Recent evidence suggests that the respiratory muscles become net producers of lactate when the work of breathing exceeds a critical threshold level (2,16,40) and that specific training of these muscles reduces their rate of lactate production and/or increases their rate of consumption (2,40). Reductions in blood lactate concentration ([lac−]B) have also been reported during exercise after specific respiratory muscle training (RMT [23,35,38]), suggesting that at moderate levels of pulmonary ventilation the respiratory muscles may become net lactate consumers (10). These findings are surprising given the small muscle mass (approximately 0.5% total body mass) of the respiratory muscles and collectively suggest an important, previously underestimated role for the respiratory muscles in the regulation of whole-body lactate kinetics.
This theme was recently extended by Chiappa et al. (3), who found that adding an inspiratory resistance (15 cm H2O) during recovery from maximal incremental cycling exercise significantly reduced [lac−]B (∼2.5 mmol·L−1) compared with a passive recovery (PR). This intriguing finding suggests that inspiratory muscle work accelerates lactate clearance by a similar magnitude to that achieved with an active recovery involving locomotor muscles but with the benefit of sparing intramuscular energy stores (6). Given that lactate consumption and/or reduced production by the inspiratory muscles is enhanced by training (23,35,38), it is attractive to speculate that the finding of Chiappa et al. (3) would be magnified after RMT, and this was the focus of the present study.
It is unlikely that increases in [lac−] per se result in metabolic acidosis and cause skeletal muscle fatigue (34), particularly at physiological temperatures (43). However, according to the integrated physicochemical systems approach, with which it is possible to quantify the mechanisms accounting for disturbances in acid-base balance during and after exercise, the [lac−] may indirectly affect [H+] (38). Within a given compartment (e.g., muscle, plasma, erythrocyte), the dependent variables, [H+] and [HCO3−], are determined by the independent variables, strong ion difference ([SID] = [Na+] + [K+] − [Cl−] + [lac−]), the partial pressure of carbon dioxide (PCO2), and the total concentration of weak acids ([Atot−]). Therefore, a reduction in [lac−] in the systemic circulation may affect the [H+] by causing a positive shift in [SID] (for reviews, see Kowalchuck and Scheuermann 17 and Lindinger ). This is especially important given the associations between elevated [H+] and/or [lac−] on some intramuscular processes (8) and subsequent exercise performance (30,40).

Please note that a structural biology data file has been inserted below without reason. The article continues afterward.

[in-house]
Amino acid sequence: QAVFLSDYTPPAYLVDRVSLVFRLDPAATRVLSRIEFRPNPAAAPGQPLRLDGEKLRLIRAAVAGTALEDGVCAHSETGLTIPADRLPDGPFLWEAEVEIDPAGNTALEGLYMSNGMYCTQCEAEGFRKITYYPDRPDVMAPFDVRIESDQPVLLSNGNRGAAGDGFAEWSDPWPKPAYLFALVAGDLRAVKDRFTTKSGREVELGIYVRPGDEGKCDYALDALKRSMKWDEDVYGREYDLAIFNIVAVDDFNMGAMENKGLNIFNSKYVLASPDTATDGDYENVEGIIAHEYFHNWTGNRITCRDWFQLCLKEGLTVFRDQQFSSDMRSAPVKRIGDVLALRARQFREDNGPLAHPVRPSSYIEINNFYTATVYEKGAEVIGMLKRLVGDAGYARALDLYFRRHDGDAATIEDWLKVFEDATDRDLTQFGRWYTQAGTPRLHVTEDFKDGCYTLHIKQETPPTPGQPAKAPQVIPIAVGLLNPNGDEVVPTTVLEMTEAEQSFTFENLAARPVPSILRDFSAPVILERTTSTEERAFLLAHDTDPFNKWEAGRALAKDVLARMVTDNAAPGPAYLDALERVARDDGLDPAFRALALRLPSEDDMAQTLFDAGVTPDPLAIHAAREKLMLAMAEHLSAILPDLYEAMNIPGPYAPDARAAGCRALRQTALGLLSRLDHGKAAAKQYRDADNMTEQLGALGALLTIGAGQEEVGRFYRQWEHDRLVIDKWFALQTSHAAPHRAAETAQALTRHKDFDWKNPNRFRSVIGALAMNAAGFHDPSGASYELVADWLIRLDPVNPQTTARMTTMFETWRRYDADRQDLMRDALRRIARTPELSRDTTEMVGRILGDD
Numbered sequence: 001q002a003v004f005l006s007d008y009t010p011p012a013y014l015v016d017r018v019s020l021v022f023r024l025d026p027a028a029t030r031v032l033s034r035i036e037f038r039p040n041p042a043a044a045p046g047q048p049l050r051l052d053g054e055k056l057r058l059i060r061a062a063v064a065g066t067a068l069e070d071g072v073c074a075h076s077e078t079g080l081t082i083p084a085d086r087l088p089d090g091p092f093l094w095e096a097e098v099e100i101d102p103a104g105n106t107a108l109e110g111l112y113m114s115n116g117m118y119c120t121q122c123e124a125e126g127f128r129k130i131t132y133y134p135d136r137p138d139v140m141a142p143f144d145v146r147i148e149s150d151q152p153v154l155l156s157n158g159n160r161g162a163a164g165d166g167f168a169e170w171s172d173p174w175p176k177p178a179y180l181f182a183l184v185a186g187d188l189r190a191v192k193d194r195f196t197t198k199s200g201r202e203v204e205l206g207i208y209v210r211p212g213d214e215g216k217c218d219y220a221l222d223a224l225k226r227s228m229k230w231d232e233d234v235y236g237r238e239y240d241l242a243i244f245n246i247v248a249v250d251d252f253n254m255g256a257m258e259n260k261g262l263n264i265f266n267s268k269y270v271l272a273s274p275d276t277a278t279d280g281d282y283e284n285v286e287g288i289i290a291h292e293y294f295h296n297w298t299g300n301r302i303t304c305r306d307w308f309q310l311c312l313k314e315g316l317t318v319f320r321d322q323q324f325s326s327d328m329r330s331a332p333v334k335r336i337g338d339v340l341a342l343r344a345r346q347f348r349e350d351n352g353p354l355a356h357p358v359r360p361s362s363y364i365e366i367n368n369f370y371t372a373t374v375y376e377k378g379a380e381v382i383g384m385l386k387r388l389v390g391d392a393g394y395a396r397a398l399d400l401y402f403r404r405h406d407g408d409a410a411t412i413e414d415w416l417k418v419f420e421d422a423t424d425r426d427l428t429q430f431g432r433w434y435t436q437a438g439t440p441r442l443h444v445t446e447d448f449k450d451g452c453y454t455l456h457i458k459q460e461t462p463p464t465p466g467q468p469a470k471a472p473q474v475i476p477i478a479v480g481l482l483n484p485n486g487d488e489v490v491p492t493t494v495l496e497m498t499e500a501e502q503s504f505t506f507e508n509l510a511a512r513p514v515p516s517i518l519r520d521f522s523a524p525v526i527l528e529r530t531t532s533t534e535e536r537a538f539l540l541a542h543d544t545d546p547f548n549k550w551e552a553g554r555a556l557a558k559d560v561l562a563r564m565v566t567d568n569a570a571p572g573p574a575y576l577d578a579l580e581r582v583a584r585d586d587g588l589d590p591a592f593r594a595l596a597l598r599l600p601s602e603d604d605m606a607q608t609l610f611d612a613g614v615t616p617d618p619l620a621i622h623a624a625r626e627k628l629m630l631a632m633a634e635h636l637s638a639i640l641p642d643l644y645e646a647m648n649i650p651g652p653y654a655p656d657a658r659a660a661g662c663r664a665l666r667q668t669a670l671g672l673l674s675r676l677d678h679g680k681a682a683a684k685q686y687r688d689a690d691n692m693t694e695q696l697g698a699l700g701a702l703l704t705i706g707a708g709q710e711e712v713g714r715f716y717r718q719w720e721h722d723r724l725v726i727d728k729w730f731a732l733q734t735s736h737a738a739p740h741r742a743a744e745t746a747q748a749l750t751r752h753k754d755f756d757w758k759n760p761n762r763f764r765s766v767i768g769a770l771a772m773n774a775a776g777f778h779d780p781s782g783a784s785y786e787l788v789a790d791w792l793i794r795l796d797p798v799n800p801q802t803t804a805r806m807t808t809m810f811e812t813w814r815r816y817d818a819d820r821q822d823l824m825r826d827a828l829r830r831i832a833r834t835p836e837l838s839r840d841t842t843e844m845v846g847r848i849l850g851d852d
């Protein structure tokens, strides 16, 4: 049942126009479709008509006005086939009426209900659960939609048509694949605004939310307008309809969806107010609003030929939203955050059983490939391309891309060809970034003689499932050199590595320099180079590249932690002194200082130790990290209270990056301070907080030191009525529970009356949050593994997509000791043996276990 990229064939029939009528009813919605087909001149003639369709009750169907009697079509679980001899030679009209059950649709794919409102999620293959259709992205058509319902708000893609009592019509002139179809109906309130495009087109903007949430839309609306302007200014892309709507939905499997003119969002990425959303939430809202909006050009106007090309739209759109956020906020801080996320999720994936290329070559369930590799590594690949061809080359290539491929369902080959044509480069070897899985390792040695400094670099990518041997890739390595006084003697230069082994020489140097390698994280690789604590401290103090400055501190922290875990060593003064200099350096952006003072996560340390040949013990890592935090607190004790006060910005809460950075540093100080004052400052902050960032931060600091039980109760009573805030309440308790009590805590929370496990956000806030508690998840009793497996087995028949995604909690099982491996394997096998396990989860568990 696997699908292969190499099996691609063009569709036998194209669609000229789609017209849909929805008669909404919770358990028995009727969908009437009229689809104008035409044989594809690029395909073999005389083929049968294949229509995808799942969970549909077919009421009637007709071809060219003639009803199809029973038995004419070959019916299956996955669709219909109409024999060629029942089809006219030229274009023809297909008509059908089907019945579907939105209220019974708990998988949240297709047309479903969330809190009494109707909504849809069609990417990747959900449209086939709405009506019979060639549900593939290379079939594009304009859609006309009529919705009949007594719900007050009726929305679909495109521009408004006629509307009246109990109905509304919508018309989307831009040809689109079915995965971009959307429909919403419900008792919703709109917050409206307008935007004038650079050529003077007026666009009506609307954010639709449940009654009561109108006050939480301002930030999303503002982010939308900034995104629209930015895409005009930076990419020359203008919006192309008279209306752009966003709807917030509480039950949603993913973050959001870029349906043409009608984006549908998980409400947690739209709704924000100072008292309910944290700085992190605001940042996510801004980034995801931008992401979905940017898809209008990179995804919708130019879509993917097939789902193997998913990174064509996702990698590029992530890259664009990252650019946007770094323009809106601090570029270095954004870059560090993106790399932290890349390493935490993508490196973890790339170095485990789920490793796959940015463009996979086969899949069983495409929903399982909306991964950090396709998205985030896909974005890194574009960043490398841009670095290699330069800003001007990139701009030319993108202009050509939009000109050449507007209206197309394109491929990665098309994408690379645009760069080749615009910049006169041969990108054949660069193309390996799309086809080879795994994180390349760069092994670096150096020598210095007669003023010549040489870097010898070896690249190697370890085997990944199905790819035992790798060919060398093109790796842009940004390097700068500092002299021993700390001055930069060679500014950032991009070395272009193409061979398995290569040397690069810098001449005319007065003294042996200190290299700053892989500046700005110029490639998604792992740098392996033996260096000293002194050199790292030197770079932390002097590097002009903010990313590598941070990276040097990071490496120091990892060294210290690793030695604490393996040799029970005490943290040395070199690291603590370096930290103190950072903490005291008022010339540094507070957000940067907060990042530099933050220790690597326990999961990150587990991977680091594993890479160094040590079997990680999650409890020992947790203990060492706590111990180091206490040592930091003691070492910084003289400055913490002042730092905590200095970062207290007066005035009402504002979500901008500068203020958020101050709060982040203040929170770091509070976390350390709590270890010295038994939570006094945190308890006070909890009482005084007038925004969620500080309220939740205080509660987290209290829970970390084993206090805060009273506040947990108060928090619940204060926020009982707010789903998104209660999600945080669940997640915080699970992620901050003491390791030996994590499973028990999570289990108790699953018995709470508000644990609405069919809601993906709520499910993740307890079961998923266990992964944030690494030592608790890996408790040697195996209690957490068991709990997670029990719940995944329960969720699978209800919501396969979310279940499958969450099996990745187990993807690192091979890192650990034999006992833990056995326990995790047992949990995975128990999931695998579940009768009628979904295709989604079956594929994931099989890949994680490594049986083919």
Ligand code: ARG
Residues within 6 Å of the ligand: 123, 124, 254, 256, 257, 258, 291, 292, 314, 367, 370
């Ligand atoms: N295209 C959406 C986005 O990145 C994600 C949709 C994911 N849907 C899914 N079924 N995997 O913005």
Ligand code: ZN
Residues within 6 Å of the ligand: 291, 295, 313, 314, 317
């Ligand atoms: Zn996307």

Accordingly, the purpose of the present study was to test the hypothesis that inspiratory pressure threshold loading during recovery from maximal exercise would speed lactate clearance and that this would be further increased after specific inspiratory muscle training (IMT). To determine the effect of changes in [lac−]B on plasma [H+], we quantified the contribution of associated physiological variables to the regulation of plasma acid-base homeostasis using the integrated physicochemical approach.
After ethical approval and written informed consent, 18 healthy nonsmoking participants with normal lung function volunteered for the study (Table 1). Throughout, subjects were instructed to adhere to their normal training regimen and not to engage in any strenuous exercise the day preceding and the day of a trial. Both habitual training and IMT were recorded throughout the intervention using a training diary. Each subject completed a 24-h diet record before their first trial, and this was repeated before subsequent tests. Subjects arrived at the laboratory 2 h postprandial having abstained from alcohol and caffeine in the 24 h before testing. All exercise trials were performed on an electromagnetically braked cycle ergometer (Excalibur Sport; Lode, Groningen, The Netherlands), at a similar time of day, separated by 48 h and in similar laboratory conditions (temperature = 21.1°C ± 2.7°C, relative humidity = 46.6% ± 14.4%).
Subjects attended the laboratory three times before a 6-wk intervention; each laboratory visit was separated by a minimum of 48 h. During the first laboratory visit, subjects completed pulmonary function and maximal inspiratory mouth pressure (MIP) tests and were subsequently familiarized with all testing procedures including maximal incremental exercise. Pulmonary function was assessed using a pneumotachograph (Pneumotrac; Vitalograph, Buckingham, UK) calibrated using a 3-L syringe. Measurement of FVC and FEV1 was repeated until the difference between the largest and the next largest value was less than 100 mL. A minimum of three maneuvers and a maximum of eight maneuvers were performed, and the highest value used for subsequent analysis (28,32). With the exception of peak inspiratory flow, lung function is unchanged after IMT (22) and therefore was not measured postintervention. A hand held mouth pressure meter (MicroRPM; Micro Medical, Kent, UK) measured MIP as an index of global inspiratory muscle strength. The mouthpiece assembly incorporated a 1-mm orifice to prevent glottic closure during inspiratory efforts. Maneuvers were performed in an upright standing posture, were initiated from residual volume, and sustained for at least 1 s. To ensure a true maximal effort, a minimum of five maneuvers were performed. Efforts were repeated every 30 s until three serial measures differed by no more than 10% or 10 cm H2O, whichever was smallest (21). The highest value recorded during repeat measurements was used for subsequent analysis (21). MIP values were compared with predicted values using the equation of Wilson et al. (44), where MIPpredicted = MIPmeasured / (142 − (1.03 × age) × 100). MIP was reevaluated throughout the intervention after 2 and 4 wk. After IMT, MIP was assessed 48 h after the final training session and on a separate day to any exercise testing.